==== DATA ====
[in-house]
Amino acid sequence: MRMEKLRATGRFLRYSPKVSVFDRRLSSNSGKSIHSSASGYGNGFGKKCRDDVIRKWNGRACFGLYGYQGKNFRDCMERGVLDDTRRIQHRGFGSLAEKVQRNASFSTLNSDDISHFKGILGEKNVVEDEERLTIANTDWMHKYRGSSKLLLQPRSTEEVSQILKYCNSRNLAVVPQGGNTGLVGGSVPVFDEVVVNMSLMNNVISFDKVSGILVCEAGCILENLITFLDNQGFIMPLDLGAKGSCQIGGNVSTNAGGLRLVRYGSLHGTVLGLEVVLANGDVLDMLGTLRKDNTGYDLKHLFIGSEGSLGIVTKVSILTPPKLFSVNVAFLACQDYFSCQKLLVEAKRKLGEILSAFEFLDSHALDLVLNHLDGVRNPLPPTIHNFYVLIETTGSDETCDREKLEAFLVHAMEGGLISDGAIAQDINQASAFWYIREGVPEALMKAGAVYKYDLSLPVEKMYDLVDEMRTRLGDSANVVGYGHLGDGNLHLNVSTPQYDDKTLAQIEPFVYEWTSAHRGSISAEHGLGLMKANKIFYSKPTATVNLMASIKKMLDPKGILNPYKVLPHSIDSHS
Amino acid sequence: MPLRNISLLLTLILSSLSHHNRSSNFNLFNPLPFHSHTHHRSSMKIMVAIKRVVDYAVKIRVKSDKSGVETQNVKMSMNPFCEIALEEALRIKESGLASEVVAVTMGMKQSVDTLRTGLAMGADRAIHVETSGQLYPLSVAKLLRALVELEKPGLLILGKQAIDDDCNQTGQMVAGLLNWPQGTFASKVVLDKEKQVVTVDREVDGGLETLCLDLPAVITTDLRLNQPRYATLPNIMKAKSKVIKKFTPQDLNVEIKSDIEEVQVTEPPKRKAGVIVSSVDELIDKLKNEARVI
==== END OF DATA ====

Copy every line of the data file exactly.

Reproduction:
[in-house]
Amino acid sequence: MRMEKLRATGRFLRYSPKVSVFDRRLSSNSGKSIHSSASGYGNGFGKKCRDDVIRKWNGRACFGLYGYQGKNFRDCMERGVLDDTRRIQHRGFGSLAEKVQRNASFSTLNSDDISHFKGILGEKNVVEDEERLTIANTDWMHKYRGSSKLLLQPRSTEEVSQILKYCNSRNLAVVPQGGNTGLVGGSVPVFDEVVVNMSLMNNVISFDKVSGILVCEAGCILENLITFLDNQGFIMPLDLGAKGSCQIGGNVSTNAGGLRLVRYGSLHGTVLGLEVVLANGDVLDMLGTLRKDNTGYDLKHLFIGSEGSLGIVTKVSILTPPKLFSVNVAFLACQDYFSCQKLLVEAKRKLGEILSAFEFLDSHALDLVLNHLDGVRNPLPPTIHNFYVLIETTGSDETCDREKLEAFLVHAMEGGLISDGAIAQDINQASAFWYIREGVPEALMKAGAVYKYDLSLPVEKMYDLVDEMRTRLGDSANVVGYGHLGDGNLHLNVSTPQYDDKTLAQIEPFVYEWTSAHRGSISAEHGLGLMKANKIFYSKPTATVNLMASIKKMLDPKGILNPYKVLPHSIDSHS
Amino acid sequence: MPLRNISLLLTLILSSLSHHNRSSNFNLFNPLPFHSHTHHRSSMKIMVAIKRVVDYAVKIRVKSDKSGVETQNVKMSMNPFCEIALEEALRIKESGLASEVVAVTMGMKQSVDTLRTGLAMGADRAIHVETSGQLYPLSVAKLLRALVELEKPGLLILGKQAIDDDCNQTGQMVAGLLNWPQGTFASKVVLDKEKQVVTVDREVDGGLETLCLDLPAVITTDLRLNQPRYATLPNIMKAKSKVIKKFTPQDLNVEIKSDIEEVQVTEPPKRKAGVIVSSVDELIDKLKNEARVI